First thing I would check, is battery cables and voltage drop. Use a good DVOM to test it during cranking from the battery LUG. Not the cable attached to the battery. If you have a poor connection at the cable from the lug, you'll miss it by testing attached to the cable end. Run the positive lead to the lug on the battery and the other lead to the positive on the starter post
. Again. Not the cable end.
Set the meter to peak voltage and crank/start it. Read the captured voltage peak and see if it's over 900 M/A or more. It could go as high as 1.2 volts. Anything beyond that is an excessive voltage drop. Do the same thing on the ground side. Just switch the leads. Neg. on battery lug and positive on the ground strap bolt. Not the cable ends
. It should read below 1.2 volts while cranking also I would shoot for 900 M/A or less, myself.
The most overlooked problem is loose battery cables at the battery. People just don't understand the value of properly tightened battery cables. Check them with a 10mm socket. Not just looking or wiggling. Use a socket and ratchet to tighten them down. Heat and vibration makes the contact of the cable change. After it cools off, the bike will have enough contact to start again. Don't be fooled by a simple loose battery cable. Most dealers will never check the basics and you'll keep having this problem.
Start with properly checking the cables and move to the voltage drop test, if necessary.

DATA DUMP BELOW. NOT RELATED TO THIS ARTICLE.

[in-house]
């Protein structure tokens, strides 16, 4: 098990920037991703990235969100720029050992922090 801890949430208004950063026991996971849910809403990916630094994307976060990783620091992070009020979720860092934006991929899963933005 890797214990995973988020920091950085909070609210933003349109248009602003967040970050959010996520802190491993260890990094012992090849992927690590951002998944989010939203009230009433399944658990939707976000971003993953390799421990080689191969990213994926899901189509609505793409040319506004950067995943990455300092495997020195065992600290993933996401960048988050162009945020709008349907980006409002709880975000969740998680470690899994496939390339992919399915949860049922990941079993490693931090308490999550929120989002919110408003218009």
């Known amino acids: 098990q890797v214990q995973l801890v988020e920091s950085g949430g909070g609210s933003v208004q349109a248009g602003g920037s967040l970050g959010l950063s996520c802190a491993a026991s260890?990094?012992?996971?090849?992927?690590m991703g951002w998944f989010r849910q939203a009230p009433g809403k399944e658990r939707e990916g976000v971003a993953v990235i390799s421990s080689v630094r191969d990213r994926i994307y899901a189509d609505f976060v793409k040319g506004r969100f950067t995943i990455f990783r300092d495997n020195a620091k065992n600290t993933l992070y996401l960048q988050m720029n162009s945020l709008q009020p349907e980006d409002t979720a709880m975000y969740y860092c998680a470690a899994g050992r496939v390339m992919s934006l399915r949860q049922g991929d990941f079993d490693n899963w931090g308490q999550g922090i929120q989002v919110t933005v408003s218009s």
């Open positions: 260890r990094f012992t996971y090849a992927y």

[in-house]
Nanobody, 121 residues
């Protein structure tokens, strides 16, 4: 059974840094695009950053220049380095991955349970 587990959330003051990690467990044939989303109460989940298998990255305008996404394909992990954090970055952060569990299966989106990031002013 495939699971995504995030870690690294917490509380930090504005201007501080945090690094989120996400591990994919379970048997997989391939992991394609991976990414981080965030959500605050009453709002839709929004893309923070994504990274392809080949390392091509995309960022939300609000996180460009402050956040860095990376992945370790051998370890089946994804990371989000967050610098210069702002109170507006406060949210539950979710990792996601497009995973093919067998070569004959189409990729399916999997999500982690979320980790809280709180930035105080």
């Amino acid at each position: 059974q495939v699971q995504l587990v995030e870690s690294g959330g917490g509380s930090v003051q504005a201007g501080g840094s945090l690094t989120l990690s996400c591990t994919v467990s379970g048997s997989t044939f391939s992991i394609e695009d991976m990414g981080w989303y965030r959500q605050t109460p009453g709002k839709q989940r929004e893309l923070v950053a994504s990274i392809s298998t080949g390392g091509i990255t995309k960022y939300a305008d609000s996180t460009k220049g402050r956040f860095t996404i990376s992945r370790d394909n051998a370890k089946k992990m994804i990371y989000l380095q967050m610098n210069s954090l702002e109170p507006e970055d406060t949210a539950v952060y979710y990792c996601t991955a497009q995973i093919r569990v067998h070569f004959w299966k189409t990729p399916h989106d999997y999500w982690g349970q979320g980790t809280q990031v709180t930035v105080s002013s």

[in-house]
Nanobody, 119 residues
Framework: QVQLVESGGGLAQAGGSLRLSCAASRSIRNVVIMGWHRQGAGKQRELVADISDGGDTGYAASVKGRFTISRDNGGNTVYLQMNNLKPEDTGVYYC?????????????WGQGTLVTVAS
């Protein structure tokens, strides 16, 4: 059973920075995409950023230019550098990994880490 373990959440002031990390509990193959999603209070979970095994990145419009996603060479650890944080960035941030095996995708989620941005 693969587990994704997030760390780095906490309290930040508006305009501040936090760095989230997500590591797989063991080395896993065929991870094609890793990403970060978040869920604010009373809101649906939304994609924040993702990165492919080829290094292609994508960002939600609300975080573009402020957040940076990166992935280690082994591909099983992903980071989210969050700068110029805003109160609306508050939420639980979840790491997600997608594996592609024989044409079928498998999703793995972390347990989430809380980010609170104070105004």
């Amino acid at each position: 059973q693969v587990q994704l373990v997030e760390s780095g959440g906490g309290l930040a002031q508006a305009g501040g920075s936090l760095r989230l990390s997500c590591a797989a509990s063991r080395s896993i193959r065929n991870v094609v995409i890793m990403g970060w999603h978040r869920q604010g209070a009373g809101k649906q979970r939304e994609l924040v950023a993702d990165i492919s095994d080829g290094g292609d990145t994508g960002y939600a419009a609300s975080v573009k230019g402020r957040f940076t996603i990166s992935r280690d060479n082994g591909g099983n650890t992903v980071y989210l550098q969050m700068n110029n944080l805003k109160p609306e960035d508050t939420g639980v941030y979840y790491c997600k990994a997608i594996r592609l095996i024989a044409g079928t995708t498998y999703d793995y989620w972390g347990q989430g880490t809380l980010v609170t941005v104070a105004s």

You also want to make sure your battery voltage isn't dropping below 9 volts with the starter engaged. Anything under 9 volts is a problem and I like to see at least 9 to 9.5 volts while cranking.
I'm a geek and use my Pico DSO to check this stuff. Here's an idea of what I'm doing. Voltage drop tests are quick an easy with a DSO, but a DVOM works too.
This is a VDT and a current draw test on my truck. It's the same thing on a bike, just lower current usage from the starter. The red line represents amperage/current draw. The blue line represents battery voltage. Battery voltage at key on, then to crank/start mode and back to run mode after the engine starts. You can see the voltage rise as the alternator starts charging. This voltage drop is critical for the onboard electronics to function properly while cranking the engine. It shows the battery voltage dropped to 9.27 volts. That's OK. This isn't the same type of voltage drop as described when check the battery cables. This is a battery test and you should test yours the same, if the cables aren't found to be the problem.
Do you maintain your battery with a battery tender ? My battery cables were loose from day one. If the tech who prepped the bike isn't paying attention to this, you'll have nightmares until it corrected